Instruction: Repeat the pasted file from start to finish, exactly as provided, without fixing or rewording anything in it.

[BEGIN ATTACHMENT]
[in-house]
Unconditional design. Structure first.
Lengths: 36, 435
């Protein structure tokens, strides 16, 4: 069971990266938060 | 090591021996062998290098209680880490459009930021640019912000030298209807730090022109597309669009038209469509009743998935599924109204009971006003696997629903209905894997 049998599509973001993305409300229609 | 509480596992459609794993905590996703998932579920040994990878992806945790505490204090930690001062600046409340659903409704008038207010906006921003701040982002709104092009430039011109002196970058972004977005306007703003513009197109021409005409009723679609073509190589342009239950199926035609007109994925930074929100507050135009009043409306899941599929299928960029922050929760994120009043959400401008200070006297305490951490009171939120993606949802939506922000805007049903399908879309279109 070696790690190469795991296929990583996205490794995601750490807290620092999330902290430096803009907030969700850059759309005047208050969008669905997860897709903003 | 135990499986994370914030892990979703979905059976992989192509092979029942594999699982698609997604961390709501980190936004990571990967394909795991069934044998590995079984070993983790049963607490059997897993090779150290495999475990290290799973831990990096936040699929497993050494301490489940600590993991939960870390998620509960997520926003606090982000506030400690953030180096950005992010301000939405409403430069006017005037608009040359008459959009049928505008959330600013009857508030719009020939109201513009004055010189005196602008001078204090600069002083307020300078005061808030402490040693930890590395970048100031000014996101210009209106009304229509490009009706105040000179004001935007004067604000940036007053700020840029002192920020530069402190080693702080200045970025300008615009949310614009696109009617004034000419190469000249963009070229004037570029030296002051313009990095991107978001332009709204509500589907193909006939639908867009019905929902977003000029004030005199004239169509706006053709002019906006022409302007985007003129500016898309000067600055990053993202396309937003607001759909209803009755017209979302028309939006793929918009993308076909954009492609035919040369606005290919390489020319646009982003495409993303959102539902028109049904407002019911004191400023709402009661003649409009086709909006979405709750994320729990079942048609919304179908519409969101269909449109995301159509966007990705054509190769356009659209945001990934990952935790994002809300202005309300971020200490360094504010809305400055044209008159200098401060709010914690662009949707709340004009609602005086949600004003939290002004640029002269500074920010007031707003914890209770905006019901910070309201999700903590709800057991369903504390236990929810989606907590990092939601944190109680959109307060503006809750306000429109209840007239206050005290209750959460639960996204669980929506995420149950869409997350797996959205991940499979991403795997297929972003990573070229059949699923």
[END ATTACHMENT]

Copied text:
[in-house]
Unconditional design. Structure first.
Lengths: 36, 435
């Protein structure tokens, strides 16, 4: 069971990266938060 | 090591021996062998290098209680880490459009930021640019912000030298209807730090022109597309669009038209469509009743998935599924109204009971006003696997629903209905894997 049998599509973001993305409300229609 | 509480596992459609794993905590996703998932579920040994990878992806945790505490204090930690001062600046409340659903409704008038207010906006921003701040982002709104092009430039011109002196970058972004977005306007703003513009197109021409005409009723679609073509190589342009239950199926035609007109994925930074929100507050135009009043409306899941599929299928960029922050929760994120009043959400401008200070006297305490951490009171939120993606949802939506922000805007049903399908879309279109 070696790690190469795991296929990583996205490794995601750490807290620092999330902290430096803009907030969700850059759309005047208050969008669905997860897709903003 | 135990499986994370914030892990979703979905059976992989192509092979029942594999699982698609997604961390709501980190936004990571990967394909795991069934044998590995079984070993983790049963607490059997897993090779150290495999475990290290799973831990990096936040699929497993050494301490489940600590993991939960870390998620509960997520926003606090982000506030400690953030180096950005992010301000939405409403430069006017005037608009040359008459959009049928505008959330600013009857508030719009020939109201513009004055010189005196602008001078204090600069002083307020300078005061808030402490040693930890590395970048100031000014996101210009209106009304229509490009009706105040000179004001935007004067604000940036007053700020840029002192920020530069402190080693702080200045970025300008615009949310614009696109009617004034000419190469000249963009070229004037570029030296002051313009990095991107978001332009709204509500589907193909006939639908867009019905929902977003000029004030005199004239169509706006053709002019906006022409302007985007003129500016898309000067600055990053993202396309937003607001759909209803009755017209979302028309939006793929918009993308076909954009492609035919040369606005290919390489020319646009982003495409993303959102539902028109049904407002019911004191400023709402009661003649409009086709909006979405709750994320729990079942048609919304179908519409969101269909449109995301159509966007990705054509190769356009659209945001990934990952935790994002809300202005309300971020200490360094504010809305400055044209008159200098401060709010914690662009949707709340004009609602005086949600004003939290002004640029002269500074920010007031707003914890209770905006019901910070309201999700903590709800057991369903504390236990929810989606907590990092939601944190109680959109307060503006809750306000429109209840007239206050005290209750959460639960996204669980929506995420149950869409997350797996959205991940499979991403795997297929972003990573070229059949699923």